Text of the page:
The National Academies of Sciences, Engineering, and Medicine (NASEM) new Report on election security [Securing The Vote: Protecting American Democracy (http://www.nap.edu/25120)] released last Thursday is critical to cap off what is now a settled consensus contained in Recommendation 5.8  of the report: a shift to all-paper-ballot elections coupled with Risk Limiting Audits (RLAs).
RLAs use well-settled statistical methods to sample enough ballots to detect if a computer malfunction (accidental, malicious, or otherwise) caused an incorrect identification of the winner in an electoral contest.
While the report makes several sound proposals, it has a significant blind spot.
Recommendation 5.8 will leave the U.S. vulnerable to nation-state actors for a decade or more.
Yes, you read that right. The Report proposes that the standardized RLA practices be implemented over the course of a decade. That’s over a ten (10) year period of time.
Such a milestone means only the ability to detect a malicious anomaly in vote counts, not to prevent the event. If a malicious anomaly were detected, that public information would be a significant “win” for adversaries seeking to use technical means (together with weaponized propaganda) to disrupt and discredit elections.
Why recommend a 10-year time frame?
Such is (so far) an unfunded mandate. Neither State nor local election officials have the immediate financial or logistical capability to:
Define the necessary standards for RLAs;
Reduce those standards to actionable requirements;
Develop documentation and training;
Perform the required training; and
Implement rigorous scrutiny of the local RLA processes to ensure correctness—for every single election.
Just ask Colorado, now the well-settled poster child for how to do it right—they’ll tell you what it takes: all of that and then some, but nothing without funding. Without adequate state and local funding, it will make for a very slow roll out through that trajectory.
The federal government must accelerate that timing, with appropriations that are modest at first. For instance, to get started, fund state grant requests for a survey project to:
Determine how an RLA should work uniformly in the state; and
Estimate the costs up-front to implement the RLA program and operate that program in each Federal election.
After that, each State would be in a better position to determine the cost to put this settled consensus in place, and within a far more reasonable time frame.
Without the rapid acceleration of implementing RLAs, we will not know if a Federal election was undermined by technology anomalies of any kind, including malicious attacks. We will still be vulnerable to propaganda attacks that claim the technology was hacked and elections were stolen. There will be no evidence available to prove the hacking claim was propaganda. The fact that RLAs corrected the results of the attack will not be the top news of the day, and will do little to increase public confidence.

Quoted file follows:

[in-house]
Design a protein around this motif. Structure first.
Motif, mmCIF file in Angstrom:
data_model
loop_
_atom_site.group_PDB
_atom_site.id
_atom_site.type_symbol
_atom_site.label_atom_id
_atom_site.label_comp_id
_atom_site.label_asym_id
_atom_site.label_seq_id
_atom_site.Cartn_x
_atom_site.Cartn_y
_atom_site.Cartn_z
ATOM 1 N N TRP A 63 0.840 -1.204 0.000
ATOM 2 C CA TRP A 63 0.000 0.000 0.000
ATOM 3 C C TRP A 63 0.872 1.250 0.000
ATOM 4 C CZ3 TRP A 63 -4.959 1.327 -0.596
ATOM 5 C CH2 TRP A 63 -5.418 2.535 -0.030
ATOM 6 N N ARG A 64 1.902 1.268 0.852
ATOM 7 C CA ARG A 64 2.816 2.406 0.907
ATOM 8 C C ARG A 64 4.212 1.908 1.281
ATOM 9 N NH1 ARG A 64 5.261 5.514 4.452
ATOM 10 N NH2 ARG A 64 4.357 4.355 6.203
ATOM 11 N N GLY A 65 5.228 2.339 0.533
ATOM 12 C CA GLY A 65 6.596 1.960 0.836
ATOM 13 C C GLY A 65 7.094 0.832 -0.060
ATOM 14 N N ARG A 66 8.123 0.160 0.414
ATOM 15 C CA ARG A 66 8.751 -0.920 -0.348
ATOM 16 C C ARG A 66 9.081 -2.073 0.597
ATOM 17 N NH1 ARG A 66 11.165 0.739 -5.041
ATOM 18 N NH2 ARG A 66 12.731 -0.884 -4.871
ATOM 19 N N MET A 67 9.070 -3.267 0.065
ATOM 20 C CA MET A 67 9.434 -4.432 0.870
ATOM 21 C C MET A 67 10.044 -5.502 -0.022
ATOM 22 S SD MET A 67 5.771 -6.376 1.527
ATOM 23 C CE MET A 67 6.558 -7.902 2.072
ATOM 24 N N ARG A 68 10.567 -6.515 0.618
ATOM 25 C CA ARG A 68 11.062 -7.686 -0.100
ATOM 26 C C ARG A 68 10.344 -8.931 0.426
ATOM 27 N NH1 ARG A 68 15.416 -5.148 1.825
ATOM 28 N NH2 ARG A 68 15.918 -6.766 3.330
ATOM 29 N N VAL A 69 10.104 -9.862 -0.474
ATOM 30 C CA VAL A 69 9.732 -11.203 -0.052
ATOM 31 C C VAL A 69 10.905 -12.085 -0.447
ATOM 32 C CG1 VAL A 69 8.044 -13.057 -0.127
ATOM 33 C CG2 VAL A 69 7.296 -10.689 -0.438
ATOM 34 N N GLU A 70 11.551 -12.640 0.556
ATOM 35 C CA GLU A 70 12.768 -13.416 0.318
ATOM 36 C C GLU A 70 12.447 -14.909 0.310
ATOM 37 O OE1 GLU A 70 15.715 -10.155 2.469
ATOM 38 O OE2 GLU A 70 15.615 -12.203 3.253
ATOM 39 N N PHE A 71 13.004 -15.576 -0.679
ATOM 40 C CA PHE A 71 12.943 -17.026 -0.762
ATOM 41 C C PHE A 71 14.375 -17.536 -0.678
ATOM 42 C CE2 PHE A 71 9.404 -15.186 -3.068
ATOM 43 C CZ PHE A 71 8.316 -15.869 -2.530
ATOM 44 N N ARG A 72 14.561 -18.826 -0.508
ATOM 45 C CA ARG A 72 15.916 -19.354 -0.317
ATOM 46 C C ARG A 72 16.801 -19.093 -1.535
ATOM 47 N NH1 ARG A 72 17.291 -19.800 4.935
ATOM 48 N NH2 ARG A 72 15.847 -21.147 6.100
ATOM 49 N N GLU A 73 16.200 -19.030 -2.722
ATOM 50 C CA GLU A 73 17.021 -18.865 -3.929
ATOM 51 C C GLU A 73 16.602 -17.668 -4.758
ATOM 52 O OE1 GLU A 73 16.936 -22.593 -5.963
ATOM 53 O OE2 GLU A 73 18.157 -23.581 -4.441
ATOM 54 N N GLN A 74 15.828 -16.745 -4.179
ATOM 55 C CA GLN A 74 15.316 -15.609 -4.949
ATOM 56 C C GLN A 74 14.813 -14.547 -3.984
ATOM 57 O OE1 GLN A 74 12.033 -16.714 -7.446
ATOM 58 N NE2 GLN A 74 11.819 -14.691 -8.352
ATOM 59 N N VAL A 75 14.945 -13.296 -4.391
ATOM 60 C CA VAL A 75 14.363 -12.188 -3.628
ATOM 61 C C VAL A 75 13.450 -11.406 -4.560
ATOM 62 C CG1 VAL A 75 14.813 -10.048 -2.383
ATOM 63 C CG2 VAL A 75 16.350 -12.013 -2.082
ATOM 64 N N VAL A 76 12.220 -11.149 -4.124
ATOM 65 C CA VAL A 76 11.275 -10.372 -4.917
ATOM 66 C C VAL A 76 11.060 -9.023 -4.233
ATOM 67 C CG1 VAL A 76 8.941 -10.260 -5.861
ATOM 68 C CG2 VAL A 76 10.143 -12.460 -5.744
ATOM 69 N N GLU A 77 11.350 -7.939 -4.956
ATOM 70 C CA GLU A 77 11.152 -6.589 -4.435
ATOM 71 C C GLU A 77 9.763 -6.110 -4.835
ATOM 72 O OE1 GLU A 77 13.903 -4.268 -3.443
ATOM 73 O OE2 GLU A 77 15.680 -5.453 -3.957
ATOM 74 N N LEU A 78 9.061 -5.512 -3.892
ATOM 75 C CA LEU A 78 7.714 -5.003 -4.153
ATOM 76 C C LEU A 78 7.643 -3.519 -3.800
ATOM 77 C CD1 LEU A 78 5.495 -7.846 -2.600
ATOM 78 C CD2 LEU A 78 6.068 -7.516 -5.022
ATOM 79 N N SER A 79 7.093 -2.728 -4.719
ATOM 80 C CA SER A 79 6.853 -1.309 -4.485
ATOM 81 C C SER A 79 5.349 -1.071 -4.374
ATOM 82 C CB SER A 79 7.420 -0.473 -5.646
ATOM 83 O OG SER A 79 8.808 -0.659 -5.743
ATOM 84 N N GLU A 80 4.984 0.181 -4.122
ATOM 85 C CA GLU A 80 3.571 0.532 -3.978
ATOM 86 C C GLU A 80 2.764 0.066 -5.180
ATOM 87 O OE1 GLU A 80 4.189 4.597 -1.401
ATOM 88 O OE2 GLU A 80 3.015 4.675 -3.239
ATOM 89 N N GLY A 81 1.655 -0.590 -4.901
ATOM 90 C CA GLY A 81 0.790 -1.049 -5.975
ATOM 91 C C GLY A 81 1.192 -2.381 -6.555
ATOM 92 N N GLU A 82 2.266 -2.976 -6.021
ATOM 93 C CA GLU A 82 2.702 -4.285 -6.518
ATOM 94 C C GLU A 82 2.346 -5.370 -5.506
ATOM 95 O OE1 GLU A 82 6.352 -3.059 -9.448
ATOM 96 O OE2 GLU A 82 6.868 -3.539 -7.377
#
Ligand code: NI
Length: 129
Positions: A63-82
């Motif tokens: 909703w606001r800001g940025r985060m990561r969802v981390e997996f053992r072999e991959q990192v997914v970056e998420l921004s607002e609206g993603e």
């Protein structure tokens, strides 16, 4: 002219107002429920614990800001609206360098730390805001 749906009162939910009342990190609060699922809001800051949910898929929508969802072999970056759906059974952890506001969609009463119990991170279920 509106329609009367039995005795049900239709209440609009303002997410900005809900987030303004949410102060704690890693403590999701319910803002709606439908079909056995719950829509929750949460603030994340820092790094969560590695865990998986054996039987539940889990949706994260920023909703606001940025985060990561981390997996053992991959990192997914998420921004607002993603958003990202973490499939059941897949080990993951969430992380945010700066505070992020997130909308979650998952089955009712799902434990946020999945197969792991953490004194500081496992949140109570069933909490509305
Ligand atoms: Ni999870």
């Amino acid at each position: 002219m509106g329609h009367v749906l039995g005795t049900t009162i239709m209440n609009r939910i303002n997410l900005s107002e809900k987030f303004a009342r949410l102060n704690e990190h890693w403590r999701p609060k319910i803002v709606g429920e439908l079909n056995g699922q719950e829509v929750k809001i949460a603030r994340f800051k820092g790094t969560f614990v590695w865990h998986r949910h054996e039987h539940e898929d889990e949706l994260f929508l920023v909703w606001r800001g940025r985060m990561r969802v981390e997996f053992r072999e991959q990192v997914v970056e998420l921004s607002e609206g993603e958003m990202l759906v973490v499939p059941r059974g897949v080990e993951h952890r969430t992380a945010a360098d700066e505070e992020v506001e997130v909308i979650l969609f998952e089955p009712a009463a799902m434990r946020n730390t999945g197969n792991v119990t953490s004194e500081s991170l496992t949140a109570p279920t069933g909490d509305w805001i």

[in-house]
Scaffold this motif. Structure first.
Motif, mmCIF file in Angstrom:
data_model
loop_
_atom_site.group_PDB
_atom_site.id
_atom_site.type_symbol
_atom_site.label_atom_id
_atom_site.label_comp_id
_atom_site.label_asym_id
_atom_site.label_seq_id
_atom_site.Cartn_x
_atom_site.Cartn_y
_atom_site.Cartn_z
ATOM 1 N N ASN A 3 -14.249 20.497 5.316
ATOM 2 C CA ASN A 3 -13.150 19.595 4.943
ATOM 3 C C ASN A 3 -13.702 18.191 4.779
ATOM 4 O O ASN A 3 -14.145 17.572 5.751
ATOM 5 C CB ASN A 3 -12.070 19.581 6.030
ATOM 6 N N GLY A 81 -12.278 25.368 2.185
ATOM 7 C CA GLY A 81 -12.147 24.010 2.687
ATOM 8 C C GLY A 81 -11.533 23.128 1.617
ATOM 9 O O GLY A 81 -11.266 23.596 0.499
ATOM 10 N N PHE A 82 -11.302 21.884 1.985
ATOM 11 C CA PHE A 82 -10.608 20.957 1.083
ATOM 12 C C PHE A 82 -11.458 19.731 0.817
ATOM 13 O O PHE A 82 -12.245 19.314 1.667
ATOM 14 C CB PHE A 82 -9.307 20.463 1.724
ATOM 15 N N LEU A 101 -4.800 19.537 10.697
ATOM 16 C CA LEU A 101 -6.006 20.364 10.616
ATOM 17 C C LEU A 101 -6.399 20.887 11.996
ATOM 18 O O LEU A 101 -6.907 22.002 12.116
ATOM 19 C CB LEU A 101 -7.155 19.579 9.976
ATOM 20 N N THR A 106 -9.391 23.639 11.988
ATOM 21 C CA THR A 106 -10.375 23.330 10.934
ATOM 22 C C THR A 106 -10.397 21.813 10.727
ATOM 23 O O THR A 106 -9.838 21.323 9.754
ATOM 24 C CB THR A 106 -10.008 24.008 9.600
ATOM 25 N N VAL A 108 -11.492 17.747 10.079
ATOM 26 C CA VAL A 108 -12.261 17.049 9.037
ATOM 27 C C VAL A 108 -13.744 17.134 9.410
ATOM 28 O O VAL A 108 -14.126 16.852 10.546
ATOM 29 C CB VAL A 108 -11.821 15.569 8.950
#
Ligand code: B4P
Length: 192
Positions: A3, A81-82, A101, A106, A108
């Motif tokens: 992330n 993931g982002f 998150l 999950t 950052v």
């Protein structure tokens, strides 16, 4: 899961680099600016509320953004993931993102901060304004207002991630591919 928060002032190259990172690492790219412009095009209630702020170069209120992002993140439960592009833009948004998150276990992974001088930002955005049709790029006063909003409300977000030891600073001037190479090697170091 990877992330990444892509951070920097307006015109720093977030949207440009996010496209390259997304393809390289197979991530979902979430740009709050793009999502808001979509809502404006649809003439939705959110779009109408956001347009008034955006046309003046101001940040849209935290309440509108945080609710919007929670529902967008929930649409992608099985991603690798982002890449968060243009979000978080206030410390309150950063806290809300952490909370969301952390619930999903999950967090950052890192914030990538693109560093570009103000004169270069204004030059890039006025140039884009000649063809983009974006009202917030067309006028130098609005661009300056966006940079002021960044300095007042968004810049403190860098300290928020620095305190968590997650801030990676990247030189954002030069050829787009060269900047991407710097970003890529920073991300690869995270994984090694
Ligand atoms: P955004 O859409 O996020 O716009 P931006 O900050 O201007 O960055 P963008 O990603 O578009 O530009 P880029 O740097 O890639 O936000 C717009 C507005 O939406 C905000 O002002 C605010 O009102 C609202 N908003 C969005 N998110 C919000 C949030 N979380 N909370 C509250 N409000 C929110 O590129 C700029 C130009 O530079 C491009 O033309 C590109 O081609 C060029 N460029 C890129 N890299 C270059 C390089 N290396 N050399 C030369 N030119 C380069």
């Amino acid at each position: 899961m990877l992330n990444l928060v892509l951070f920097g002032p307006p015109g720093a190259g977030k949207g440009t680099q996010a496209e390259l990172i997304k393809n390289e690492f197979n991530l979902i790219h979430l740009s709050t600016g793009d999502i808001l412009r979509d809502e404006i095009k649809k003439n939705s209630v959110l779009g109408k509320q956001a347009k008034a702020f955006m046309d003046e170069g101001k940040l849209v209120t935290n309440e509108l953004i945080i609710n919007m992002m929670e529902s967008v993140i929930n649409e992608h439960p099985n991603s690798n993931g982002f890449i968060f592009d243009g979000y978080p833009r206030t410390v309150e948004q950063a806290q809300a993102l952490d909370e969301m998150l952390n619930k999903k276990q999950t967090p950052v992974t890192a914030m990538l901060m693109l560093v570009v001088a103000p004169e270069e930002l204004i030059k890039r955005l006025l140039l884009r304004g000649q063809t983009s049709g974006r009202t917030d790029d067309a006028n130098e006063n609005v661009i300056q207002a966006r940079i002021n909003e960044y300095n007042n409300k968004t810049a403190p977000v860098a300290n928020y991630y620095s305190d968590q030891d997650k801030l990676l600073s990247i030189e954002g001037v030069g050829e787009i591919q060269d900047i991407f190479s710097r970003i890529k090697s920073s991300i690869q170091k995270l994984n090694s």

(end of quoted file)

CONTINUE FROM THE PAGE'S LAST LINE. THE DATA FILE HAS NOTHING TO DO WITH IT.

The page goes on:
Risk Limiting Audits have been around for years, designed to detect and to recover data from malfunctioning voting systems that could lose votes. RLAs will continue to be required, but it is not a cyber-defense of the election technology by itself.
In addition, an equally imperative requirement is for paper-ballot-based voting technology that is completely refactored for security and redesigned for the current threat environment. That kind of technology will be far more resistant to attack, unlike the present systems.
Based on public technology development occurring right now in Silicon Valley, it will take 24 months (likely less) to finish production of a new generation of election technology designed for active cyber-defense—we’re talking about a componentized software framework for application-specific, purpose-built devices together with the required security rigor to ensure hardware-level attestation.
That would be much quicker, and far more efficient, than a 10-year path to uniform RLAs. At the same time, the U.S can fund a mandate to implement RLAs nationwide.
Then the nation would have both a robust cyber-defense and the RLA ability to ensure that our election results are correct no matter what.
The recommendation will take careful execution, adequate funding, and dynamic leadership to make it happen.
Indeed, the Report is correct in calling for RLA as a nationwide standard. But again, a paper ballot of record with a risk-limiting audit is merely an attack detection mechanism, not a cybersecurity means. And 10-years to make it happen means the status quo of what we have today—where elections are becoming a gamble—for another 2+ Presidential cycles.
 Recommendation 5.8: “States should mandate risk-limiting audits prior to the certification of election results. With current technology, this requires the use of paper ballots. States and local jurisdictions should implement risk-limiting audits within a decade. They should begin with pilot programs and work toward full implementation. Risk-limiting audits should be conducted for all federal and state election contests, and for local contests where feasible.”